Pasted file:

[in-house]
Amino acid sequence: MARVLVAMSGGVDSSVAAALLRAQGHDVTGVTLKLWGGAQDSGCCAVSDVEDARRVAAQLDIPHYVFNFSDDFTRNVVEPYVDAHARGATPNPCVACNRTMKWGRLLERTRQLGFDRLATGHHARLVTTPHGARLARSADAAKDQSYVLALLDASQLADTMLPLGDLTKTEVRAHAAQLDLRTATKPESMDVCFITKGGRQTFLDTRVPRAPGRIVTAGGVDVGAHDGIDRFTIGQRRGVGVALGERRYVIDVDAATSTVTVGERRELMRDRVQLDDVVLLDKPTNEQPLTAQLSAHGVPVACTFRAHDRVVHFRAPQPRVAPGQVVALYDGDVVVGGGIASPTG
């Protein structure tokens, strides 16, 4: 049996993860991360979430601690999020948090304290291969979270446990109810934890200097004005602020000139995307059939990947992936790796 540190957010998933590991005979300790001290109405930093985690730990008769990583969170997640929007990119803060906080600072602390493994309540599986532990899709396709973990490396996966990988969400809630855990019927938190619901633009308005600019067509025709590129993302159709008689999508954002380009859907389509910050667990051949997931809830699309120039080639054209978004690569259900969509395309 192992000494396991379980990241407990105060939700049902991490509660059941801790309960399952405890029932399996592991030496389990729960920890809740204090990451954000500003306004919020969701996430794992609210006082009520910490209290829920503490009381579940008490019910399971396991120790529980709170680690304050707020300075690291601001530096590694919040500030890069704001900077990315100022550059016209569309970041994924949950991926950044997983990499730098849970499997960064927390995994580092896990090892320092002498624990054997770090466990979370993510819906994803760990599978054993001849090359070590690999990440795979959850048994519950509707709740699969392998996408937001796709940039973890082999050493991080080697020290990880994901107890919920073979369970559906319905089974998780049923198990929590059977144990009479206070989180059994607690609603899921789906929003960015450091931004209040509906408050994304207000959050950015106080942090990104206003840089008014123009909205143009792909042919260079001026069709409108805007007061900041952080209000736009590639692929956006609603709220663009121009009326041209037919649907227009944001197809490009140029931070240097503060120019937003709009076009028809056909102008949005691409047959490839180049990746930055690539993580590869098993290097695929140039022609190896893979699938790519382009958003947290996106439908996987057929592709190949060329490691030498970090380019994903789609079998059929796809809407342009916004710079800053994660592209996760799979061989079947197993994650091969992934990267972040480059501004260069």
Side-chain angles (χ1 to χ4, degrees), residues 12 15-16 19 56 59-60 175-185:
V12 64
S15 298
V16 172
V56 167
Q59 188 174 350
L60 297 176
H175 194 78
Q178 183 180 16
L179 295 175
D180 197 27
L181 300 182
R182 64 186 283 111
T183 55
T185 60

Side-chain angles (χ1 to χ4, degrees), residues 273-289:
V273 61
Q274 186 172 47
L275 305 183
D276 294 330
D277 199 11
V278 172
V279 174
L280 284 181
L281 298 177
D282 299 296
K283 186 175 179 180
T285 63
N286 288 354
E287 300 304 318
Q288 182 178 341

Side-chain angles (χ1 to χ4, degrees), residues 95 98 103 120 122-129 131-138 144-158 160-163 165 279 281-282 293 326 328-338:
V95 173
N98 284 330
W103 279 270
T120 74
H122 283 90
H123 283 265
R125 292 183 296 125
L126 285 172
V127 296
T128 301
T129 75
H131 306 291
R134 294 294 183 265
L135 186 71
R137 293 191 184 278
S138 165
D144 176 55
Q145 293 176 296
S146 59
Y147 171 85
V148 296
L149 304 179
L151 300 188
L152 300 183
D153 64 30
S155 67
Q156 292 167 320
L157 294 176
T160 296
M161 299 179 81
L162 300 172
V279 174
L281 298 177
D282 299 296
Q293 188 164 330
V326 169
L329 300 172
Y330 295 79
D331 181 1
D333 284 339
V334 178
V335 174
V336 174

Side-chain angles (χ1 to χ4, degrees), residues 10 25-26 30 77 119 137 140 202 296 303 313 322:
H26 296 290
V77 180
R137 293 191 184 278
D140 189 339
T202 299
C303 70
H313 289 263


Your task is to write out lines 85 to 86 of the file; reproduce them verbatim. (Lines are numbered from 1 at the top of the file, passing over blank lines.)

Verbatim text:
C303 70
H313 289 263